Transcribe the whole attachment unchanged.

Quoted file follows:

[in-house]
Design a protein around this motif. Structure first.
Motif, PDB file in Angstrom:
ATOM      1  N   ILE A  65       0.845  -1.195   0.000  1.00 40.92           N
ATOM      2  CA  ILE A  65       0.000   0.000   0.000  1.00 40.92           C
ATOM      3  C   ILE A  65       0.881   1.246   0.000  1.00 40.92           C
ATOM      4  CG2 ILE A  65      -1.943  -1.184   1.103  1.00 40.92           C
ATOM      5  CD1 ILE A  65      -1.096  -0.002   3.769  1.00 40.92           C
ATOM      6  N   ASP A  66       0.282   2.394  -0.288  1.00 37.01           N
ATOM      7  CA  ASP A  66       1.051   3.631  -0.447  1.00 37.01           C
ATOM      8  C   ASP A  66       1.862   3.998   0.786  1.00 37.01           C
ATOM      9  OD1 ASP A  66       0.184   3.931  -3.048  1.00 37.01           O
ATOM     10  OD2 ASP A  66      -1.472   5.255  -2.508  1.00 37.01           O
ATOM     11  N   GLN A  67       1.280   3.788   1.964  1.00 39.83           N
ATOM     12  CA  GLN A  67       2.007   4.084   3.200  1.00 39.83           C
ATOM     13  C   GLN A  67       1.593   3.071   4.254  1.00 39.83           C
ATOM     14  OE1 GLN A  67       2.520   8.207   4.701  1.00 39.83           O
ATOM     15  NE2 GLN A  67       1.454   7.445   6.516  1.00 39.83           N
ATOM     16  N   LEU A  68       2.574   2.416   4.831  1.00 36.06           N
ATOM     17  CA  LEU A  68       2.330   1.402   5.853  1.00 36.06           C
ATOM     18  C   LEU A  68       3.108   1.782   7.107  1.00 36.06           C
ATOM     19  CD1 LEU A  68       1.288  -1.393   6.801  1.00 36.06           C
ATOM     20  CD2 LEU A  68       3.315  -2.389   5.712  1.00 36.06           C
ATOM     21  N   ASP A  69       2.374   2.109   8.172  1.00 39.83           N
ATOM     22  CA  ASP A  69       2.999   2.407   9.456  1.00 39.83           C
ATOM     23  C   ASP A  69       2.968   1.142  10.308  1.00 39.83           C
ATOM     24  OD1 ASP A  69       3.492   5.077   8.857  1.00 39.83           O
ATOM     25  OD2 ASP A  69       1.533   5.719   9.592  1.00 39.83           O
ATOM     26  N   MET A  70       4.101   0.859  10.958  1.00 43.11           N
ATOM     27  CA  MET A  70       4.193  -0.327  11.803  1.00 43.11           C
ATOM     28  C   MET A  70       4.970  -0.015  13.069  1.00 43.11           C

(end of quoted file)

[in-house]
Design a protein around this motif. Structure first.
Motif, PDB file in Angstrom:
ATOM      1  N   ILE A  65       0.845  -1.195   0.000  1.00 40.92           N
ATOM      2  CA  ILE A  65       0.000   0.000   0.000  1.00 40.92           C
ATOM      3  C   ILE A  65       0.881   1.246   0.000  1.00 40.92           C
ATOM      4  CG2 ILE A  65      -1.943  -1.184   1.103  1.00 40.92           C
ATOM      5  CD1 ILE A  65      -1.096  -0.002   3.769  1.00 40.92           C
ATOM      6  N   ASP A  66       0.282   2.394  -0.288  1.00 37.01           N
ATOM      7  CA  ASP A  66       1.051   3.631  -0.447  1.00 37.01           C
ATOM      8  C   ASP A  66       1.862   3.998   0.786  1.00 37.01           C
ATOM      9  OD1 ASP A  66       0.184   3.931  -3.048  1.00 37.01           O
ATOM     10  OD2 ASP A  66      -1.472   5.255  -2.508  1.00 37.01           O
ATOM     11  N   GLN A  67       1.280   3.788   1.964  1.00 39.83           N
ATOM     12  CA  GLN A  67       2.007   4.084   3.200  1.00 39.83           C
ATOM     13  C   GLN A  67       1.593   3.071   4.254  1.00 39.83           C
ATOM     14  OE1 GLN A  67       2.520   8.207   4.701  1.00 39.83           O
ATOM     15  NE2 GLN A  67       1.454   7.445   6.516  1.00 39.83           N
ATOM     16  N   LEU A  68       2.574   2.416   4.831  1.00 36.06           N
ATOM     17  CA  LEU A  68       2.330   1.402   5.853  1.00 36.06           C
ATOM     18  C   LEU A  68       3.108   1.782   7.107  1.00 36.06           C
ATOM     19  CD1 LEU A  68       1.288  -1.393   6.801  1.00 36.06           C
ATOM     20  CD2 LEU A  68       3.315  -2.389   5.712  1.00 36.06           C
ATOM     21  N   ASP A  69       2.374   2.109   8.172  1.00 39.83           N
ATOM     22  CA  ASP A  69       2.999   2.407   9.456  1.00 39.83           C
ATOM     23  C   ASP A  69       2.968   1.142  10.308  1.00 39.83           C
ATOM     24  OD1 ASP A  69       3.492   5.077   8.857  1.00 39.83           O
ATOM     25  OD2 ASP A  69       1.533   5.719   9.592  1.00 39.83           O
ATOM     26  N   MET A  70       4.101   0.859  10.958  1.00 43.11           N
ATOM     27  CA  MET A  70       4.193  -0.327  11.803  1.00 43.11           C
ATOM     28  C   MET A  70       4.970  -0.015  13.069  1.00 43.11           C